Facebook to Use Web Browsing History For Ad Targeting
Through its ubiquitous "like" buttons on publisher sites across the web, Facebook has long been able to watch the web surfing behavior of its 1.28 billion monthly users.
Soon it will begin to use that information for ad targeting on Facebook.
Facebook already enables retargeting to users who've previously visited specific websites and apps, which advertisers can turn on by affixing tracking software to their products. Additionally, ads can be retargeted to Facebook users on their desktop screens via FBX, the company's ad exchange, which a plethora of demand-side platforms like Turn and AdRoll are plugged into.
But what Facebook is now enabling is far more expansive in terms how it uses data for ad targeting. In a move bound to stir up some controversy given the company's reach and scale, the social network will not be honoring the do-not-track setting on web browsers. A Facebook spokesman said that's "because currently there is no industry consensus." Social-media competitors Twitter and Pinterest do honor the setting. Google and Yahoo do not.
Facebook will honor the settings to limit ad tracking on iOS and Android devices, however.
How it works
Historically, interest-based targeting on the social network hinged on users' own declarations of their likes and interests in their profiles, as well as Facebook pages they had "liked," according to Brian Boland, Facebook's VP-ads product marketing.
Now, Facebook is using the passive data -- where users go on their PCs and phones -- to make its own ads smarter. Advertisers who want to reach Facebook users who are interested in camping, for example, will be able to reach that audience with greater accuracy. "There's just a more robust set of information that informs that you're interested in camping," Mr. Boland said.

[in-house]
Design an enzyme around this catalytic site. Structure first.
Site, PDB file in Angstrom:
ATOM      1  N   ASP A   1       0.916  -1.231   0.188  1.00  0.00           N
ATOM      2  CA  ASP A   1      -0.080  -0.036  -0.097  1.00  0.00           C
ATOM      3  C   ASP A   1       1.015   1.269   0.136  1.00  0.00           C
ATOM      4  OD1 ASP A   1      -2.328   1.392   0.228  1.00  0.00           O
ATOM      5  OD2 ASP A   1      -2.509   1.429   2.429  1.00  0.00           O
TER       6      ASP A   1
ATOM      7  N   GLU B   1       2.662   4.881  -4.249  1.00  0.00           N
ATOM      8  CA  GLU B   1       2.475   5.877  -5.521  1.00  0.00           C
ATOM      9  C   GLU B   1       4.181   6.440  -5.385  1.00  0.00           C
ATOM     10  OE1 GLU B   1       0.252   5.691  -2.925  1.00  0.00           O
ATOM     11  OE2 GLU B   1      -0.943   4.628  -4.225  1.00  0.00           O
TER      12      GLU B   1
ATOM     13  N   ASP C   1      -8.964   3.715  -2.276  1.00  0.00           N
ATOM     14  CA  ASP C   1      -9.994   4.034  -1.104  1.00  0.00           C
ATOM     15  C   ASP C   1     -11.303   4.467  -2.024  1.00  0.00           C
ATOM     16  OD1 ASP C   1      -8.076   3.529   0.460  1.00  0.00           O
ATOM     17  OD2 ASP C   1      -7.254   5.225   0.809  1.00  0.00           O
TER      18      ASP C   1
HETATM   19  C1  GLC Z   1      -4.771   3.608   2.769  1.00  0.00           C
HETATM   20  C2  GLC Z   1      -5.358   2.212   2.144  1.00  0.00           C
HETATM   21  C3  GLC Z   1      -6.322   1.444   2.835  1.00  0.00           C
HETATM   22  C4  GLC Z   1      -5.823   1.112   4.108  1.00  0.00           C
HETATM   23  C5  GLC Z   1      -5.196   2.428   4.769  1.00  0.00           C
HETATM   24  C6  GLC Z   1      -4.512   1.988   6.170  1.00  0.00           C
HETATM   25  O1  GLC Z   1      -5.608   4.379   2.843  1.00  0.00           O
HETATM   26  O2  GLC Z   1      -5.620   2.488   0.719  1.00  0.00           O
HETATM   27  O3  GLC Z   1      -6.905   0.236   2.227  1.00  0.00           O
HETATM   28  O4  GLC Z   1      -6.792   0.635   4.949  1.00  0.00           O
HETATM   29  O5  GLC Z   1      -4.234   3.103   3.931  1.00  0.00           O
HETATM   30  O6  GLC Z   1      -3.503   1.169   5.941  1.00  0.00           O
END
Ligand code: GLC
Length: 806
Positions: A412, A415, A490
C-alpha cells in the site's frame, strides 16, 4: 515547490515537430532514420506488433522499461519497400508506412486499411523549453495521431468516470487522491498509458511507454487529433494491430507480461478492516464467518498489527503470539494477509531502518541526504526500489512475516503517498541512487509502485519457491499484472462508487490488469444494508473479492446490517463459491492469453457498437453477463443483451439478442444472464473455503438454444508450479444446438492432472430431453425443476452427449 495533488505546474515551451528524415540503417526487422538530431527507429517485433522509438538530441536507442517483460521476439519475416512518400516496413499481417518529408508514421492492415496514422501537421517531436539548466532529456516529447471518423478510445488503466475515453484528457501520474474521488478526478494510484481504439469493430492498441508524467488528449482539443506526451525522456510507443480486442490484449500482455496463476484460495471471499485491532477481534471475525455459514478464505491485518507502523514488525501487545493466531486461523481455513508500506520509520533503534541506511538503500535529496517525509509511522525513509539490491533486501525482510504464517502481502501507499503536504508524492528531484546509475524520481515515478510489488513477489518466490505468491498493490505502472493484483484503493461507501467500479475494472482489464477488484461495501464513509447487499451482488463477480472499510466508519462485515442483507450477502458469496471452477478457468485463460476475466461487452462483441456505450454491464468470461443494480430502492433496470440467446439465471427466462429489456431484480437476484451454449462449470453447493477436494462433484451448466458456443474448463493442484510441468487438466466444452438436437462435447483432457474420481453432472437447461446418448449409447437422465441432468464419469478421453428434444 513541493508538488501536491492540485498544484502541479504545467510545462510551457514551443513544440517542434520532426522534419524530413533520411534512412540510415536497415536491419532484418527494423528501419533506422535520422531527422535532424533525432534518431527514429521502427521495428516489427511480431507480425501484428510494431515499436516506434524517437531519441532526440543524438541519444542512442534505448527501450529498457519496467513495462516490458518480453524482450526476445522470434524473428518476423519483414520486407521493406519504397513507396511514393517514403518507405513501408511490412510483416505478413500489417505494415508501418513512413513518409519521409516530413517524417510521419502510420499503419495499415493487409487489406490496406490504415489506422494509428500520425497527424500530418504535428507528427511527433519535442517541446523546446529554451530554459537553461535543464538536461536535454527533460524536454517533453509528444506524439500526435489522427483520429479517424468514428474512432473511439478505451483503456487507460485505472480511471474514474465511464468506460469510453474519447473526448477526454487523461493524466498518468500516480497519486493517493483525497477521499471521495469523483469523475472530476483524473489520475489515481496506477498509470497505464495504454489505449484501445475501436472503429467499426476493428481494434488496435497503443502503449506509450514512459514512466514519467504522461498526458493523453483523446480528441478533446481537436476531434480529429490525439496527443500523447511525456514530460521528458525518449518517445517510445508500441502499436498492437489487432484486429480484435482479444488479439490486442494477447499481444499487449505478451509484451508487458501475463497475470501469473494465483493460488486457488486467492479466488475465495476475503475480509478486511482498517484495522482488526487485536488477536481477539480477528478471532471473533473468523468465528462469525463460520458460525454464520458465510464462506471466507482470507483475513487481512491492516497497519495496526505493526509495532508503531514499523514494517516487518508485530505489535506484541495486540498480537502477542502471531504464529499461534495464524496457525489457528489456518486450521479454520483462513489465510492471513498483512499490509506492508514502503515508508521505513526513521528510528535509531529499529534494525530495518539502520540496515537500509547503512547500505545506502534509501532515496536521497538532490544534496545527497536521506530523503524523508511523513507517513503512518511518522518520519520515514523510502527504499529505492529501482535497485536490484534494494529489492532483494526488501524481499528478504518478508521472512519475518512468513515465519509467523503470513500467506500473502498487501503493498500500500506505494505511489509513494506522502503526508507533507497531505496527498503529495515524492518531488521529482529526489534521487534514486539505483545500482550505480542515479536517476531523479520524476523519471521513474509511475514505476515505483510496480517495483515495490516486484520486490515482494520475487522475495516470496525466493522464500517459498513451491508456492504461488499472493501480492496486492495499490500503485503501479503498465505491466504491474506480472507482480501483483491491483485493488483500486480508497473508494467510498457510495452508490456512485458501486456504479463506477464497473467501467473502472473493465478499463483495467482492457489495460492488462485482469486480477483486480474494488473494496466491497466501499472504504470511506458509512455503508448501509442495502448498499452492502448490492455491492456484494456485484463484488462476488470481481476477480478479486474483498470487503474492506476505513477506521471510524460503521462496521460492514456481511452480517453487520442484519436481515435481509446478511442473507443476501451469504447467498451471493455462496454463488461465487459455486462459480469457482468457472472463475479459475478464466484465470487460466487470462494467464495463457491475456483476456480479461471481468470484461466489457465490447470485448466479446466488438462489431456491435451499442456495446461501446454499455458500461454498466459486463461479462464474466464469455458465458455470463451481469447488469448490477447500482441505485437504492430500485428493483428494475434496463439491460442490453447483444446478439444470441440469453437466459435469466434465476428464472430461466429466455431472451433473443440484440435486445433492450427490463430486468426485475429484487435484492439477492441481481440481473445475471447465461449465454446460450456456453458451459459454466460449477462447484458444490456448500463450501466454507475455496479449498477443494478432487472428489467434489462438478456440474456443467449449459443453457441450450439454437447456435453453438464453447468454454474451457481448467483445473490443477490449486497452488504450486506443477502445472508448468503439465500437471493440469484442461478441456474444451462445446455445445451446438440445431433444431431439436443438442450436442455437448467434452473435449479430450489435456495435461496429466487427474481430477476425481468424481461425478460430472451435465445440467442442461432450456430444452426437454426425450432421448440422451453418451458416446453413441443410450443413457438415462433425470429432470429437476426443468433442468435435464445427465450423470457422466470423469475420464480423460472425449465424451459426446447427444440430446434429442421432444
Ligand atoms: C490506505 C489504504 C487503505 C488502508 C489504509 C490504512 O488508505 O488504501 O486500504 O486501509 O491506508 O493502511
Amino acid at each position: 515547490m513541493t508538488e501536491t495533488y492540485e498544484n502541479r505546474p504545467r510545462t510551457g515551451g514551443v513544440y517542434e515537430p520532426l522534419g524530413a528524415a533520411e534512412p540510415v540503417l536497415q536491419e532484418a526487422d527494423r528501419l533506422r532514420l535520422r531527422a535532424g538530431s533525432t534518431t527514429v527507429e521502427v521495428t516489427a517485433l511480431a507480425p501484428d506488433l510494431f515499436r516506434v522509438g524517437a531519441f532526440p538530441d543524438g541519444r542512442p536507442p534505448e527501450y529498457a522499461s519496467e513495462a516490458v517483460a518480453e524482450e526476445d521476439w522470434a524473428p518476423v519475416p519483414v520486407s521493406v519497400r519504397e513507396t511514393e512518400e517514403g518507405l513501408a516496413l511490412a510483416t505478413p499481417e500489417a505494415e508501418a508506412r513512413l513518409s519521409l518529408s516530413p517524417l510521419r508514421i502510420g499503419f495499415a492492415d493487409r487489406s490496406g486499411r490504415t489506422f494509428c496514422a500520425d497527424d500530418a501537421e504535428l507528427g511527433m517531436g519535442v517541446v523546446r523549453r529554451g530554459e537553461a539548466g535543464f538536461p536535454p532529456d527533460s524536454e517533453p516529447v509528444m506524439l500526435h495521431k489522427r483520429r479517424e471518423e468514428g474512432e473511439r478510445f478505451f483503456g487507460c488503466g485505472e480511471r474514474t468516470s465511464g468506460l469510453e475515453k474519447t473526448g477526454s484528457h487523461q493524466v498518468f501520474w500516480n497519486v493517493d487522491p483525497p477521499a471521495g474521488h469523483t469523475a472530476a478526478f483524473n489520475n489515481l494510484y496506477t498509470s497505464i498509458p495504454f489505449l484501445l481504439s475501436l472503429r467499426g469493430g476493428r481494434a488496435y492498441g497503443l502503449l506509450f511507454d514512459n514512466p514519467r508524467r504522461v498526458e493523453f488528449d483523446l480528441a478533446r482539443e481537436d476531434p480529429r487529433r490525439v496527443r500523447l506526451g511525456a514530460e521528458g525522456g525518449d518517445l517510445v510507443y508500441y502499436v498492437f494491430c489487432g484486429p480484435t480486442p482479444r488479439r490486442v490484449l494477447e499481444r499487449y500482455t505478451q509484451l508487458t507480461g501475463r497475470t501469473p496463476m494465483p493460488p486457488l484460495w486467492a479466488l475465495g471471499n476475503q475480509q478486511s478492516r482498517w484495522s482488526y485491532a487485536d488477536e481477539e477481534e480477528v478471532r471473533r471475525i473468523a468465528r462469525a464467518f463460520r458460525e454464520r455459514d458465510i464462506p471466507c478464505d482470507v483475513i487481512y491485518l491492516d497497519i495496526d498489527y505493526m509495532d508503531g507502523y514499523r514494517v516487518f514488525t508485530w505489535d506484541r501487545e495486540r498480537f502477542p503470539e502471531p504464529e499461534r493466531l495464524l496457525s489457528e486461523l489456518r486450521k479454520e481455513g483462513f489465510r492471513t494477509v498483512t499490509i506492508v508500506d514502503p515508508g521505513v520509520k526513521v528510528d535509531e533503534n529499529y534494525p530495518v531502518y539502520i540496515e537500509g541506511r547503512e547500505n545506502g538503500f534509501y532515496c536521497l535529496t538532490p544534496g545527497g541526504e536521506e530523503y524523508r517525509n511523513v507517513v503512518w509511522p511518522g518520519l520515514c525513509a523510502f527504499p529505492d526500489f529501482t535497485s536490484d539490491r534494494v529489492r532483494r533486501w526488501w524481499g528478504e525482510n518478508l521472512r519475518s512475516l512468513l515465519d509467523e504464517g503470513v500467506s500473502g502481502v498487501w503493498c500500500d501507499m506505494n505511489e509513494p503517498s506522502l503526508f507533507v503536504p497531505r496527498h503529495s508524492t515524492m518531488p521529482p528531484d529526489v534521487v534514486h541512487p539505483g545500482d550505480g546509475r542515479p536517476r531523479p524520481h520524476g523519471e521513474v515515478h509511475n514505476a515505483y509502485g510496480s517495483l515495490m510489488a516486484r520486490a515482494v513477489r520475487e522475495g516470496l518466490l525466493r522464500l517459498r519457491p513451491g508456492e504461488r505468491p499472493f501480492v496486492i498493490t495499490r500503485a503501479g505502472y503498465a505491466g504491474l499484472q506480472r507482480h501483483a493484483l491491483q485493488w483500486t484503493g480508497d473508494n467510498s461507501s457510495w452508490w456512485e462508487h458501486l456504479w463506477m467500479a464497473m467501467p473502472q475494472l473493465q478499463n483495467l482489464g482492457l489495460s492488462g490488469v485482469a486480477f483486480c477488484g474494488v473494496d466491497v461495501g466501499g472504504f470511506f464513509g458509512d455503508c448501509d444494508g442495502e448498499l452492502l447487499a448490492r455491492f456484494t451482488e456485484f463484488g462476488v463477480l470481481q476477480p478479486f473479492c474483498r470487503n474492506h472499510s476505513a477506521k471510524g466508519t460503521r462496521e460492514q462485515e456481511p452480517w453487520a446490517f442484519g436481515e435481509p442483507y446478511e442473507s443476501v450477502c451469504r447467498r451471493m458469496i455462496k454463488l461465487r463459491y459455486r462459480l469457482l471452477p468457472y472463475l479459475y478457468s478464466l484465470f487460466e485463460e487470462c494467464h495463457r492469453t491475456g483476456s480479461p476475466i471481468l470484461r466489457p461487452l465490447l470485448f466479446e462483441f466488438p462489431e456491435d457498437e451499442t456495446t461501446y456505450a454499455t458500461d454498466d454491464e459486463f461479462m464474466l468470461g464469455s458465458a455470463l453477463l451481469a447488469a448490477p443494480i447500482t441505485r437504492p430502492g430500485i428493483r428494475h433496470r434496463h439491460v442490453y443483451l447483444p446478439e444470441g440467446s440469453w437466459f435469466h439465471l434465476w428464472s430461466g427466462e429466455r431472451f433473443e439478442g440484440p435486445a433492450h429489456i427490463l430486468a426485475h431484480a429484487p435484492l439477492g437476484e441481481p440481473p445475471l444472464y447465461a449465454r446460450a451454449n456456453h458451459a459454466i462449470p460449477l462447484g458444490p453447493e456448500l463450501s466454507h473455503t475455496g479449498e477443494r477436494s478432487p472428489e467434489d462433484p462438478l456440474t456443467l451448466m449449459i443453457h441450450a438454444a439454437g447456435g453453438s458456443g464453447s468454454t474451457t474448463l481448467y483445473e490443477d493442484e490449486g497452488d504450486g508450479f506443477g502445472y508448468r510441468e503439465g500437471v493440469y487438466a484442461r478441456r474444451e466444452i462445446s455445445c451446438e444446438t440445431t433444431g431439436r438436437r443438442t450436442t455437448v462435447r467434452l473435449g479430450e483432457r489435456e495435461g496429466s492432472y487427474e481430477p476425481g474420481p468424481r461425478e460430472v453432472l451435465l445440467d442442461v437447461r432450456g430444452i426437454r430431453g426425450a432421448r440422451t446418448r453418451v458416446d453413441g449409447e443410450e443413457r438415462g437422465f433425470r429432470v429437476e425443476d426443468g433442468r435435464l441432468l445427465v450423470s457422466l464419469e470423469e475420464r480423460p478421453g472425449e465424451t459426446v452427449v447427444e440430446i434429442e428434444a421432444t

The social network's footprint is visible across the web in the form of the "like" button; a Facebook user can be recognized on sites where the button is encoded, whether they "like" something or not. However, Facebook won't be adding users tracked via desktop likes to the targeting mix at present, according to Mr. Boland, though it's in the plans.
For now, it will capture websites that use Facebook's conversion tracking pixel -- which advertisers affix to see if their Facebook ads are yielding sales and traffic -- as well as mobile apps that use Facebook's software development kit to deploy Facebook services, like the log-in. Websites and apps that have Facebook's tracking software encoded to retarget their visitors are also in the mix. Impressions tracked via the "like" button encoded in mobile apps -- which Facebook recently introduced at its f8 conference for developers -- will also be included.
Mr. Boland said the new targeting is intended to help direct-response advertisers, in particular, to make their Facebook ads more relevant to their selected audience.
"Their ROI should improve and make them a more effective advertiser on Facebook," he said.
At the same time that Facebook is taking steps to cash in on its ability to track users outside of its walls, it's also looking to stave off a backlash by launching much-improved privacy controls -- notwithstanding the fact that it's abstaining from recognition of the do-not-track browser setting.
Now users who click or tap on the drop-down menu on a Facebook ad and select "Why am I seeing this ad?" will be taken to a brief explanation for why that ad was shown to them. For instance, a user could be told they saw an ad because they're interested in televisions, and that Facebook's inference was based on pages they've liked and ads they've clicked on.
From every ad, users can also steer themselves to an "ads preferences" settings page, where they can tell Facebook not to show them ads based on their inferred affinity for certain categories. Conversely, they can also select categories they are interested in.
Ads targeted with browsing history will be marked with the blue icon of the Digital Advertising Alliance's self-regulatory "AdChoices" program, through which people can opt out of behaviorally-targeted ads. (That becomes visible when a user taps or clicks on the drop-down menu in the upper-right corner of an ad to learn more about it.)
"For as long as Facebook has sold advertising, people have been wary about what Facebook has been doing with their data," said eMarketer's principal analyst Debra Aho Williamson. "By making these two announcements together, Facebook is saying, yes, we're gathering more data to target, but you have control over what data we're able to use."
The new "ad preferences" tool will start rolling out to U.S. Facebook users in two weeks, according to a Facebook spokesman. The company doesn't have a definitive date for when targeting powered by data about people's website and app visits will be turned on.